“ManyDepth is a state-of-the-art innovation to address what was thought to be a forced choice in 3D reconstruction, between classic triangulation over multiple frames versus instant-but-fragile single-frame inference with a neural network,” explained Gabriel Brostow, Niantic’s chief research scientist. “Our self-supervised software works as an alternative or complement to LiDAR, which means it’s an ideal for situations where your phone or wearable needs to understand the 3D world around you.”
3D maps with limitless potential
Years ago, the Niantic Research Team turned a global-scale technology challenge into our mission: Build the most up-to-date 3D map of the planet Earth. Can you imagine what it would take to create a digital 3D map of the entire world? Where would you even start to gather all the technology, the map data, and people needed to dynamically map everything?
To meet this challenge, we began building custom tools, then expanded our own mapping team by acquiring brilliant researchers and developers including Matrix Mill and 6d.ai. It was clear to all of us that building a massive, frequently-updated map would require global collaboration, and that the same devices that could display 3D maps could also be used to build them -- with the right software.
Niantic’s new depth technology enables common smartphones to create 3D map meshes for individual locations, so users can opt into contributing pieces to a world-scale map as easily as people share photos today. As Niantic Explorers play AR games, they can choose to dynamically expand and improve the global map everyone’s using for mixed reality experiences.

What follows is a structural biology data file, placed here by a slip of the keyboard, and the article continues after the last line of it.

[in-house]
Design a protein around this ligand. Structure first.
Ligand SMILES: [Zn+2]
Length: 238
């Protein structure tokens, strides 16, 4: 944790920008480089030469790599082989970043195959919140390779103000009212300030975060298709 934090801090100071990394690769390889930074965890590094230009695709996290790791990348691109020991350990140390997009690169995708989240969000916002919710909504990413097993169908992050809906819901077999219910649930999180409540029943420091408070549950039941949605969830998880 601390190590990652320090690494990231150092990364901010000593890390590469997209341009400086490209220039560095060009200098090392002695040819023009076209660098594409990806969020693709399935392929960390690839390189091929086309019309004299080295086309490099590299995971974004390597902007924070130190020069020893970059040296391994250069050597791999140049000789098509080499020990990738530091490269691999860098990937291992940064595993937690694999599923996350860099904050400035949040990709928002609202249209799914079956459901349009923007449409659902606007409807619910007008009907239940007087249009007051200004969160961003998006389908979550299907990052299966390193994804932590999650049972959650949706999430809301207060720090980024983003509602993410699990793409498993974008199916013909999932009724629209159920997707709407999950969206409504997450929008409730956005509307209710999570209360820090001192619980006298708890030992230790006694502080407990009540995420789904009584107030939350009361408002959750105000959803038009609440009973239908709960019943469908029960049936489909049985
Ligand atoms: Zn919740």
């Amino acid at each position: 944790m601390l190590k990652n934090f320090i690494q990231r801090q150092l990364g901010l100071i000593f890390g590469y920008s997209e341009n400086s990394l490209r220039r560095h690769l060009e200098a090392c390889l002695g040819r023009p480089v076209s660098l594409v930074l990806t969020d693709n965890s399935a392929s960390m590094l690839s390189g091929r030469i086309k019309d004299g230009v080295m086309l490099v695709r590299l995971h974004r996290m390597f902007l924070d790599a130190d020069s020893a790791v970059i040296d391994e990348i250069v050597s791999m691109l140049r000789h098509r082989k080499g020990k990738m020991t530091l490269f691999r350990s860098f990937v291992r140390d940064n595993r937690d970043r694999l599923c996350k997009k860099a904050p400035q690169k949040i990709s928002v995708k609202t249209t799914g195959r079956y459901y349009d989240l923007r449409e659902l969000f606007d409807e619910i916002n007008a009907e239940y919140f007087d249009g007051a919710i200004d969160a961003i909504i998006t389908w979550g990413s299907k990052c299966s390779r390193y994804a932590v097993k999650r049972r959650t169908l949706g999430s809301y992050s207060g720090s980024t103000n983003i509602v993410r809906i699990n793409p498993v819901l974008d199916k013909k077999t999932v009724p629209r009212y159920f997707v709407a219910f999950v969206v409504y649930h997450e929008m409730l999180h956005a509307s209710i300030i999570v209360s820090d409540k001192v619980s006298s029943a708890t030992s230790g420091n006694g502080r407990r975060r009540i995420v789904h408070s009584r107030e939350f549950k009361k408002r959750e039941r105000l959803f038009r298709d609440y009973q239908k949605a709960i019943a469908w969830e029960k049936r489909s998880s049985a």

Given Niantic’s current lineup, you might correctly expect the new depth technology to aid AR mapping apps and games by blending virtual objects more convincingly into the real world. Beyond creating digital signs and guide arrows within public spaces, the technology will enable digital characters to scale the sides of buildings, bounce off walls, and hide around corners.
But that’s just the beginning. As our partners build apps with Lightship, you’ll also see the new Niantic depth technology empowering sports teams, musicians, and artists to augment physical stadiums and galleries with immersive, physics-based digital content, as creative agencies and brands bring new experiences to life through your phone’s screen.
Our research continues -- join us!
We’re very excited to get the new Niantic depth technology into the hands of our developers around the world. Starting today, you can dive deeper into the ManyDepth research paper we’re presenting at CVPR this week, and if you want to test it yourself, preview our ManyDepth code on GitHub – the repository includes samples and instructions.
The Niantic Research Team is also presenting three other papers at CVPR 2021. If you’d like to learn more about how our team is creating solutions to real world AR challenges, check out our work on cuboids (identifying complex 3D shapes in 2D images), depth estimation using wavelet decomposition, and panoptic segmentation forecasting. And if you’d like to be a part of the Niantic Research Team responsible for cutting-edge innovations like this one, we’re hiring; visit our Careers page to apply today!
-The Niantic Research Team